when you get ex batts you undertake to give them a home for life in retirement (even eggs are a bonus) not to cull for food (otherwise there is no point in rescuing them).
Also as they are hybrids raised specifically for mass egg production there would be no meat on them plus the fact at that age they would not be suitable for roasting (unless of course you try steaming them first).

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GrannieAnnie

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Re: Chicken Pot
« Reply #12 on: April 07, 2011, 08:48 »
No egg laying hybrid is really much good for eating, although like Joy and Min, some of our members do cull and eat their cockerals.

But although meat chickens aren't as cheap as supermarket stuff, (mind you saying that, we can make a little profit on selling a few of ours,) yes they do taste far superior to the watery tasteless stuff you buy anywhere, even the so called free range and organic chickens.

Also if you think about it.  Brian culls ours dry, they are plucked dry and gutted dry.  commercial chickens are culled in water, plucked wet and gutted wet AND have water and polyphosphates injected into them.  And what happens when a chicken is killed?  A lot of the time it poos itself. poo drops into the stunning water and contaminates all the other chickens that go into the same water.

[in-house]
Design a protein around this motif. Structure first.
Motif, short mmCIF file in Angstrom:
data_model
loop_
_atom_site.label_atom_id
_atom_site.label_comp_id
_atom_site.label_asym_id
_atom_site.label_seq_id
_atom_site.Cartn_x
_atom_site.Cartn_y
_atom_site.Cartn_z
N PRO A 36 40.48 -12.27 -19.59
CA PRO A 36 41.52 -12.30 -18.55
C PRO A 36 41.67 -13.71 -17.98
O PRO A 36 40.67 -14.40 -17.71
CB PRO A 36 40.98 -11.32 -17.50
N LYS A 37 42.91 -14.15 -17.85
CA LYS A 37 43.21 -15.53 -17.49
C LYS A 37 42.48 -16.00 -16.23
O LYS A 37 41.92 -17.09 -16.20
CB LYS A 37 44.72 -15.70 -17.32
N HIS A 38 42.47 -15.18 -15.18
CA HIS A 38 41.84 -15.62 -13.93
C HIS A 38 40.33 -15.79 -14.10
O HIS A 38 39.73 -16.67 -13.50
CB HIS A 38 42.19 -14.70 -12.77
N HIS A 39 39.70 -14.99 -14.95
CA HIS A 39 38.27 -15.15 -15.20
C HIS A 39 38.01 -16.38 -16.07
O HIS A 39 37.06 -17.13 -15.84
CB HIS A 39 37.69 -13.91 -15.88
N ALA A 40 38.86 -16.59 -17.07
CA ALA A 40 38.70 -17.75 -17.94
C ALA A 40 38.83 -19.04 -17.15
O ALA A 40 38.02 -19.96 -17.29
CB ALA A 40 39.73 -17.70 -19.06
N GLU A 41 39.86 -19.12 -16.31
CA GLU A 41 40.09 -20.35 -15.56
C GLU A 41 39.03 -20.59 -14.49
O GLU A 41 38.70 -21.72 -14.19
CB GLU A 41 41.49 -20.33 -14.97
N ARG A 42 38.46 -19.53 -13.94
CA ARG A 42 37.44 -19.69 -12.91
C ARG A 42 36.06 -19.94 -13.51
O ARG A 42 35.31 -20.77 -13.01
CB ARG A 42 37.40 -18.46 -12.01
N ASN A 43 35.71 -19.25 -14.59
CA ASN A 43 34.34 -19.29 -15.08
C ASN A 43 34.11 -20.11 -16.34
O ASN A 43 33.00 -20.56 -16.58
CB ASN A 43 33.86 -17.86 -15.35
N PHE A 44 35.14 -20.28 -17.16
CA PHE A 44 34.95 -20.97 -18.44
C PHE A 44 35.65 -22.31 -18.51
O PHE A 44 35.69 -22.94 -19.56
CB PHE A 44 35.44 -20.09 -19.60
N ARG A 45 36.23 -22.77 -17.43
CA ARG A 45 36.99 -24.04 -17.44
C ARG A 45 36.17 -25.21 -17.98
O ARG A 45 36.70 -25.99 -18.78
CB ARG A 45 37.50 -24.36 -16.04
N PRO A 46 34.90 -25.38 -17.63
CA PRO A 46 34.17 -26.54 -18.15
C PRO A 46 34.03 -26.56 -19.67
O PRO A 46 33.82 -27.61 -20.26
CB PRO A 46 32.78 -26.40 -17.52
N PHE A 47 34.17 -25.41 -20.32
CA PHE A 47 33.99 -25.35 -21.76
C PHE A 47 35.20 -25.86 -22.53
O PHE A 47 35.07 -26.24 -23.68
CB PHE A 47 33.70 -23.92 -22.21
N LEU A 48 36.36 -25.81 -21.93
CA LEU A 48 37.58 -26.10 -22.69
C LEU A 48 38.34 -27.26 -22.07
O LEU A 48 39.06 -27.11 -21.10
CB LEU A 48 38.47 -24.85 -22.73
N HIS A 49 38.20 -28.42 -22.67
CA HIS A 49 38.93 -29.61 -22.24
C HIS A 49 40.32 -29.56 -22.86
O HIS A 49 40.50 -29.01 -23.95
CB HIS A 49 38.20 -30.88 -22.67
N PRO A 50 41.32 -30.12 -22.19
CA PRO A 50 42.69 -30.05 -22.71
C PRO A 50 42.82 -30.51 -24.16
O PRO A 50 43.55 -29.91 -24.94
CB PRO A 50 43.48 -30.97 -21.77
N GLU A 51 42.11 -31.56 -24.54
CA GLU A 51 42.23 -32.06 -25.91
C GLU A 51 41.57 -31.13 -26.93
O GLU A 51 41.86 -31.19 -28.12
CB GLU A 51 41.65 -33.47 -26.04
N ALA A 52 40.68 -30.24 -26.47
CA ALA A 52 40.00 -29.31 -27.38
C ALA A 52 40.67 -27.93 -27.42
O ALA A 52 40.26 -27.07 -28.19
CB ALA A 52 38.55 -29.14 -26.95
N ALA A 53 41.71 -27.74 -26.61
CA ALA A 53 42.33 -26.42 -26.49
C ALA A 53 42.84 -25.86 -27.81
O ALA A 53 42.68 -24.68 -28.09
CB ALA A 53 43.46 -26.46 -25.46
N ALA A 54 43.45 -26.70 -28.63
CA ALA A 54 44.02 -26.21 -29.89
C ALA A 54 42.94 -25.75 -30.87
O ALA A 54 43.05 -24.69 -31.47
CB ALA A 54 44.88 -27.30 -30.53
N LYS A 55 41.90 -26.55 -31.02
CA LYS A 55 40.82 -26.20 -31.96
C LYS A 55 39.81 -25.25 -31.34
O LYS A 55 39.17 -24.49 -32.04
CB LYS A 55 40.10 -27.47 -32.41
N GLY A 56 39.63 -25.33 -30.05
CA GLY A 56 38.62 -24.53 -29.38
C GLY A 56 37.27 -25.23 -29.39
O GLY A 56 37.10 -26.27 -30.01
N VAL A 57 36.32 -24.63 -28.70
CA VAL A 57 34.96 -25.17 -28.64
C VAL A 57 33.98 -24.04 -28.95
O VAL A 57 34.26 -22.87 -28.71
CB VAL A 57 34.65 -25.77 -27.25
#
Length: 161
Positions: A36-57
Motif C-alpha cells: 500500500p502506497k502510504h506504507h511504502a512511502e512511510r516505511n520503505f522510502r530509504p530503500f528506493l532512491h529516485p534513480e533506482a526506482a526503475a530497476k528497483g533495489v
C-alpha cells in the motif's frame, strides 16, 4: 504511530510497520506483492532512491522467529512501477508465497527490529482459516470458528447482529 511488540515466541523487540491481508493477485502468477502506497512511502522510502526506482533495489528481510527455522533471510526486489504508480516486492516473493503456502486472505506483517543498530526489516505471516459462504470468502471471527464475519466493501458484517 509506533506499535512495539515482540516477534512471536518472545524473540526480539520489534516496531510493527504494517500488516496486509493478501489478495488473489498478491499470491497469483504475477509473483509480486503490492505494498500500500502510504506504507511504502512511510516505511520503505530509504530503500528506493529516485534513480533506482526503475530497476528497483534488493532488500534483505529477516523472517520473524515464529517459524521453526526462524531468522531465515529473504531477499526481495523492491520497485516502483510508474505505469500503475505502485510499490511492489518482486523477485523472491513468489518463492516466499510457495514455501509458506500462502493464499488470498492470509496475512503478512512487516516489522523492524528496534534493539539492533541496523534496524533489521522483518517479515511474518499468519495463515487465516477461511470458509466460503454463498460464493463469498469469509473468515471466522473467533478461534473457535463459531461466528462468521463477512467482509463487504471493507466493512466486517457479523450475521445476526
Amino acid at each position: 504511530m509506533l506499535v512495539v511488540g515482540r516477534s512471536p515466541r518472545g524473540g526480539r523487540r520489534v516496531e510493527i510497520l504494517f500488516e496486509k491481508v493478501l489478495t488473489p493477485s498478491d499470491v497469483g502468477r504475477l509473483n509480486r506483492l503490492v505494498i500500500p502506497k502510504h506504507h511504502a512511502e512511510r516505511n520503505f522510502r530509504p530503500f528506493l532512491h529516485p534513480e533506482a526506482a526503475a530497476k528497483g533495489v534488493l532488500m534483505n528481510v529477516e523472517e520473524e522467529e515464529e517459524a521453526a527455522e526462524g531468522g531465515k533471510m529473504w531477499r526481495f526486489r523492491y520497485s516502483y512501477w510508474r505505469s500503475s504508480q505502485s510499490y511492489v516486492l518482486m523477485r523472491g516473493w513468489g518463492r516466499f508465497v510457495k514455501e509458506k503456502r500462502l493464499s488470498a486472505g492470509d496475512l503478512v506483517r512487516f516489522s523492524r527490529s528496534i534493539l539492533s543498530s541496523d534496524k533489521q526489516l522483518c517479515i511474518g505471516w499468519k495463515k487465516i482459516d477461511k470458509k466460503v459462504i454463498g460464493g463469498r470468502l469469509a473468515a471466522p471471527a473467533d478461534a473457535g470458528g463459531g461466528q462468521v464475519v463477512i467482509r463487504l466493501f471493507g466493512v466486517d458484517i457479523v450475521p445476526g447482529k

In fact there was an article in the Poultry World magazine about the amount of campylobactor that was found not only on the chickens they tested, but on the packaging too!

So as long as I can eat something I've raised myself, I will carry on enjoying it!   ;)
« Last Edit: April 07, 2011, 08:53 by GrannieAnnie »

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compostqueen

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Re: Chicken Pot
« Reply #13 on: April 07, 2011, 09:22 »
That makes sobering reading GA.  I didn't know about any of that. Thanks for enlightening me/us

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billathome65

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Re: Chicken Pot
« Reply #14 on: April 08, 2011, 20:46 »
when you get ex batts you undertake to give them a home for life in retirement (even eggs are a bonus) not to cull for food (otherwise there is no point in rescuing them).

Thought I'd responded to this. I wasn't thinking about potting ex bats was just making a comparison which still works out dearer than the supermarket with transport and food etc.

Bill